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Information Forensics and Security Technical Committee

WIFS 2013 IFS-TC Meeting Minutes

Wednesday Nov. 20, 2013, 12:40-14:00 (GMT+8)
At WIFS’13, Guangzhou, China
Minutes prepared by G. Doërr and M. Wu

IFS-TC voting members: Gwenaël Doërr, Teddy Furon, Samson Cheung, Yun-Qing Shi, Alessandro Piva, Wenjun Zeng, Alex Kot, Anthony T S. Ho, Jiwu Huang
Skype: Shantanu Rane, Min Wu, Patrick Bas
Guests: Matthias Kirchner, Fernando Perez-Gonzalez, Mauro Barni, Jean-Luc Dugelay, Nasir Memon, Ton Kalker, Vicky Zhao

1. G. Doërr called for the meeting at 12:50

2. WIFS’13

J. Huang reported on the current edition of the Workshop on Information Forensics and Security. In comparison with previous editions, the workshop attracted fewer submission than usual (~100) due to unexpected competition from other events (GlobalSIP, IWDW, …). Nevertheless, the quality of the presented papers remains high, each paper receiving 4 reviews and the acceptance rate being around 35%, in line with previous editions. Encouragingly, the workshop reported record attendance: 134 attendees including local students.

The workshop featured two tutorials that were well attended (~100 attendees per tutorial). Three keynote talks will be given:
1. Jaap Haitsma (Civolution) walked the attendees through the technology transfer of a Matlab research prototype to a commercialized product deployed worldwide.
2. Pierangela Samarati (Università degli Studi di Milano) discussed security and privacy issues in the cloud, highlighting similar challenges in the signal processing and computer science arenas.
3. Nasir Memon (Polytechnic Institute of NYU) will give tomorrow a refreshing talk on the need for new paradigms for user authentication on emerging interfaces.

There will also be a special session to discuss the lessons learned from the first IFS challenge (see below). Finally, several social events have been interleaved throughout the program to facilitate discussions and further build up the IFS community (welcome reception, cruise, gala dinner).

3. IFS TC Forensics Challenge

A. Piva reported on the first IFS challenge on image tampering. About 10+ different research teams actively participated to the challenge. While it may not be as strong as could be expected, it is rather encouraging for a first edition. The first part of the challenge was targeting image tampering detection and raised interesting strategies. In particular, one research team identified very quickly that 2 bits in the file format were different for pristine vs. tampered image. This being said, even signal processing-based strategies yielded near perfect classification results. In contrast, the second part of the challenge was targeting image tampering localization. This second phase proved to be significantly more challenging with the best team achieving barely 40% accuracy. In contrast to similar challenges (BOWS1, BOWS2, BOSS), it means that the challenge has not been defeated and that the problem is still open.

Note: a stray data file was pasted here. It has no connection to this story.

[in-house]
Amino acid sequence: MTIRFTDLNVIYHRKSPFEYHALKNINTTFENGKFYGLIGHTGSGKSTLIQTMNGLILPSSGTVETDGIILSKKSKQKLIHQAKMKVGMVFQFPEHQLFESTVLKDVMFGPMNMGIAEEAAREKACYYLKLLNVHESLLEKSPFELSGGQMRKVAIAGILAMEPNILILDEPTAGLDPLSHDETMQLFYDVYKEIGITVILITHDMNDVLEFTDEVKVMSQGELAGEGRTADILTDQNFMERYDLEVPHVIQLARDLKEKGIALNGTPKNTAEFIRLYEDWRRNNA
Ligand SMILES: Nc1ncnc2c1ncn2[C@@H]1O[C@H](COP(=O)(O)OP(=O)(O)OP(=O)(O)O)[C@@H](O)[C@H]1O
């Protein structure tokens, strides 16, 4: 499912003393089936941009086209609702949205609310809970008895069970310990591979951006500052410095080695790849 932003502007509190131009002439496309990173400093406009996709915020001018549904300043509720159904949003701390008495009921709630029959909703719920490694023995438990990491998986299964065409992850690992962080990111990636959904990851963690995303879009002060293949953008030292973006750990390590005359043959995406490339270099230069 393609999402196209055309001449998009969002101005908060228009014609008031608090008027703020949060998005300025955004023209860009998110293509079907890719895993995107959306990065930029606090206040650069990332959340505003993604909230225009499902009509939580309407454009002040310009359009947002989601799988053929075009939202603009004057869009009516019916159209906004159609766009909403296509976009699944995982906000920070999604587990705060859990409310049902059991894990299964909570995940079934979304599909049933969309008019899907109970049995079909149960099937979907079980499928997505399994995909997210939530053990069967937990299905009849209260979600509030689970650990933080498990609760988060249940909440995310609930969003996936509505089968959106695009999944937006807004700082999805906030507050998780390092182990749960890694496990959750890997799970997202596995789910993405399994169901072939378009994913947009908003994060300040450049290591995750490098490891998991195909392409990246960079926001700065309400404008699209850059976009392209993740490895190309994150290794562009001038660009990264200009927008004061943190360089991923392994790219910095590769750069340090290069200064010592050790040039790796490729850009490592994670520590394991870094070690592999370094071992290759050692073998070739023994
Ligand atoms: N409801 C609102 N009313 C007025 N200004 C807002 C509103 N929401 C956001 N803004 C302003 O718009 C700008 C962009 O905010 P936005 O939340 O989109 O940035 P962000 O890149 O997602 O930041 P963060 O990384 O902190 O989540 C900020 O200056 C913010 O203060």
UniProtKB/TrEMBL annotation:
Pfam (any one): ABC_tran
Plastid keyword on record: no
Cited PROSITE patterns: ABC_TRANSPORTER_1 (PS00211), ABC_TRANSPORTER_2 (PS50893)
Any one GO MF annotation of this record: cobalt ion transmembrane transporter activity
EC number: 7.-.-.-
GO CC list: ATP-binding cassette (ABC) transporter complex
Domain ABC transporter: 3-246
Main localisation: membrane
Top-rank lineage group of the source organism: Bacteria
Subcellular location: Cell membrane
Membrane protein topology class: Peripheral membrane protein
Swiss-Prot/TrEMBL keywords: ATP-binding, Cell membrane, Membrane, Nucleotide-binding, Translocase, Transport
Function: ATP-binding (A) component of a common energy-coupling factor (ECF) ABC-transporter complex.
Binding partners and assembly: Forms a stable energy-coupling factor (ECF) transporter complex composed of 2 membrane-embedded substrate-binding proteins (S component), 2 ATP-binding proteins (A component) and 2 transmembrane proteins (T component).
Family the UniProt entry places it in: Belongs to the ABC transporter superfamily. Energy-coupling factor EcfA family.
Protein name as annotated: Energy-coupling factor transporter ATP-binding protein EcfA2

WIFS’13 will feature a special session on the challenge including a brief introduction by the organizers, presentations by the different winners of the challenge, the award ceremony, and a panel discussion. Besides the file-base strategy, the participants essentially reused well-established strategies e.g. copy-paste detection, PRNU alteration detection, etc. The website will remain online and the dataset available to the public for further research. TC members discussed various potential follow-up actions e.g. organizing a 2nd edition, revisiting the contest to make it part of the next SP Cup. This being said, no decision has been taken and opportunities will be explored later in 2014.

4. WIFS 2014

P. Comesaña Alfaro reported on the next edition of the workshop. This year, the TC received a single proposal to organize WIFS and it received near unanimous support during the ballot (21: YES, 1: NO). As a result, the proposal is accepted and WIFS’14 will be hosted by GlobalSIP that will be hold in Atlanta, Georgia, USA in December 2014. One of the objectives motivating this new concept is to delegate the organizational logistics to GlobalSIP and thereby save the energy of the IFS team to focus on the technical program.